What is a Forest School?


With the rising requirement for Forest School leaders in educational establishments across the country and the increasing knowledge about climate change and how it will affect us, the need for getting outdoors and understanding it, has never been so important.

For some people, Forest School began in the early 1990s, when a group of nursery practitioners visited a setting in Denmark to see how the outdoor provision worked. They were amazed that the children were outdoors for the full time but were so engaged and learning in a positive learning environment, which allowed them to learn at their own pace and level of their choosing. They bought this idea back to UK and through Bridgewater College, set up and ran the first Forest School course for practitioners.

For others,the ideals and ethos of Forest Schools can be traced a lot further back than then. Some trace the ethos back as far as the pre 1800s,when the lifestyle that people had, was considerably different to today. The attachment below gives an outline of the time span for this which ismuch easier than writing about it


Since the start of “modern” Forest School ethos in the 1990s, the UK has grasped the ideals with progressively more strength,as education has focussed more heavily on academic qualifications. It can be argued that children have lost the idea of freely chosen play and that they need to be entertained by a screen more and more. The Forest school ethos and methods of taking small, achievable steps, promoting positive learning environments to enable children of all abilities to learn,is being seen more and more as the inclusion method in schools. Pupils that are unruly and unable to learn indoors,now have more ability to learn outdoors in a green space either on school grounds or locally. Forestry England have lots of information about how you can get involved and a location finder to find a Forest Schools session near you: Forestry England Learning


Below are the ideals for what is Forest School, agreed by the Forest School Association and are worth a read in entirety;

  • FOREST SCHOOL is a long-term process of regular sessions, rather than a one-off or infrequent visits; the cycle of planning, observation, adaptation and review links each session.  The process of regular long term involvement is more difficult to entertain in mainstream school curriculum.  That said – it is possible to undertake Forest School sessions and programmes during the school day and link them to almost anything from the Early Years framework to the end of Key Stage 2 and beyond.  The FS leader carries out the planning cycle above and should be on hand to review and adapt each and every session as they go to enable the best possible learning experience for the children.  The FS leader is more a facilitator of learning than the teacher – being able to change easily from one subject to another to suit the learning requirements of the children during the session.  Once the session is complete – the leader will evaluate the session and inform their next session accordingly.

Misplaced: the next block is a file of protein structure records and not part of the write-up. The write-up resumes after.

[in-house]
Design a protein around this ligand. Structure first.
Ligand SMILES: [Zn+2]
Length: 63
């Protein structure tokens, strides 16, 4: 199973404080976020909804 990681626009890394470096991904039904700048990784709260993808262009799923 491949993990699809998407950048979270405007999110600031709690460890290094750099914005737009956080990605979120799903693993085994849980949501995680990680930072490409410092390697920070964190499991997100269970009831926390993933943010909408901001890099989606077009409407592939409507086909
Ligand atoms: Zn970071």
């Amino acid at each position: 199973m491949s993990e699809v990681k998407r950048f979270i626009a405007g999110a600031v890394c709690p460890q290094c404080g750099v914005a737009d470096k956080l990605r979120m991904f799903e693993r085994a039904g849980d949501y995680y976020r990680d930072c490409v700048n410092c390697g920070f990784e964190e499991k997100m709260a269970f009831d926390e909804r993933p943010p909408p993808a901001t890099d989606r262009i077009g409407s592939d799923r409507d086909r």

• FOREST SCHOOL takes place in a woodland or natural environment to support the development of a relationship between the learner and the natural world.  This can sometimes be a challenge in the traditional school setting as there may be little or no “green” areas available on site.  That said – there is always the possibility of taking your sessions to a local park or even better a local woodland to run your programmes.  Most schools have a small area that can be a dedicated FS area with some thought and work.  The woodland environment has a calming effect of children and adults alike – a new initiative of “Forest bathing” has shown the benefit of being immersed in a woodland for periods of time. 
  • FOREST SCHOOL uses a range of learner-centred processes to create a community for being, development and learning.  The leader as mentioned previously is observing, evaluating and informing their session even as they deliver it to the learners.  So many variables are looked at and evaluated to achieve this such as weather conditions, age and ability of the learner and the stage of the programme that the learner accesses FS ethos at to name but three. 
  • FOREST SCHOOL aims to promote the holistic development of all those involved, fostering resilient, confident, independent and creative learners.  Emotional Intelligence (EQ) is an interesting initiative that helps to develop the learner both Intra-personal and Inter-personal ability.  So frequently in the current environment that we live in do we see how the self-motivation of the young learner is more for extrinsic reward such as a sticker than the intrinsic motivation of wanting to achieve results for their own happiness.
  • FOREST SCHOOL offers learners the opportunity to take supported risks appropriate to the environment and to themselves.  All activities are risk assessed as a matter of course however this does not eliminate the risk of harm or injury entirely.  The activities are as safe as reasonably practicable and in line with HSE guidelines to enable the learner to understand and mitigate the risk for themselves as they take part in the activity. 
  • FOREST SCHOOL is run by qualified Forest School practitioners who continuously maintain and develop their professional practice.  The Level 3 Forest School leader qualification is now nationally and internationally delivered as the benchmark of what the practitioner is able to do at Forest School.  The Level 2 Forest School assistant enables the leader to run the session and is also a valuable requirement during the programme too.  The Level 1 is an entry level qualification which can be delivered locally to educators to give them an idea on what is possible with FS ethos and delivery methods.